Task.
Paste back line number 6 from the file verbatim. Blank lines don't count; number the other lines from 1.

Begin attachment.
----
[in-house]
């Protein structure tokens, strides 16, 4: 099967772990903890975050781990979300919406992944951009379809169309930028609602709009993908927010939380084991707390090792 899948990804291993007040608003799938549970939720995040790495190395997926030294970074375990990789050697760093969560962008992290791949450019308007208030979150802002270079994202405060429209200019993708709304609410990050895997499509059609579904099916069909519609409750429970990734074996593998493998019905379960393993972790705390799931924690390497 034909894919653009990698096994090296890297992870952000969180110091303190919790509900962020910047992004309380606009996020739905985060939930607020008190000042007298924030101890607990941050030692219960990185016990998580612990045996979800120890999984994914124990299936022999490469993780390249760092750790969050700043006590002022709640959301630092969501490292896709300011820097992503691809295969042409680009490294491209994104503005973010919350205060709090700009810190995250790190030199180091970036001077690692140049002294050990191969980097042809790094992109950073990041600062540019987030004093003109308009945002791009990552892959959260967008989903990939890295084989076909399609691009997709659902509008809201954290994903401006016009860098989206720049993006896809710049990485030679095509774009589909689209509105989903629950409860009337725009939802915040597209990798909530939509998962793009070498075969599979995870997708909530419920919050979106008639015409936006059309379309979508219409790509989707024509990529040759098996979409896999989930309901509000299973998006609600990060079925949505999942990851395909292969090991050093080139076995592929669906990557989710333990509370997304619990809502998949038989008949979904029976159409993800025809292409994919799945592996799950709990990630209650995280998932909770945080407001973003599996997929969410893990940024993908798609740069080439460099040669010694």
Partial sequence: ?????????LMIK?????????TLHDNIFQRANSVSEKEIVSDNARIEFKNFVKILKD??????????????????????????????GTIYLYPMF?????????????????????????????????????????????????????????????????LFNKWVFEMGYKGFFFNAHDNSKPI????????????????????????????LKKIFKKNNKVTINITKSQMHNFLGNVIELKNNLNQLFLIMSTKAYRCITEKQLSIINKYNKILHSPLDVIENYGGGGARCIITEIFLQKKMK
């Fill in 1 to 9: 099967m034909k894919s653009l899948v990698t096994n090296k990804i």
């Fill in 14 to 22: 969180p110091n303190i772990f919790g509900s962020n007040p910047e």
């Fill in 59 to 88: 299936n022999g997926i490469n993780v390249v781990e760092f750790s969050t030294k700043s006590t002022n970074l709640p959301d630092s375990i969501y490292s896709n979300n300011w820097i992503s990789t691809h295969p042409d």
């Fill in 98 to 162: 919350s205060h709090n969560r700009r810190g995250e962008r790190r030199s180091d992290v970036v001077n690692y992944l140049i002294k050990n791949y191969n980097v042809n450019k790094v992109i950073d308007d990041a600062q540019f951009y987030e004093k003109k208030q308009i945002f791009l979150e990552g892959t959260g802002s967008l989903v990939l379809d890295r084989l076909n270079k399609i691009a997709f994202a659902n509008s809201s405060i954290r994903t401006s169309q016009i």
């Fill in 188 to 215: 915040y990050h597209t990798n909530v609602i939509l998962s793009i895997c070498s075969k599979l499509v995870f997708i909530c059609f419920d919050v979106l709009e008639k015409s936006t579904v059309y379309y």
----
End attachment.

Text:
């Fill in 59 to 88: 299936n022999g997926i490469n993780v390249v781990e760092f750790s969050t030294k700043s006590t002022n970074l709640p959301d630092s375990i969501y490292s896709n979300n300011w820097i992503s990789t691809h295969p042409d």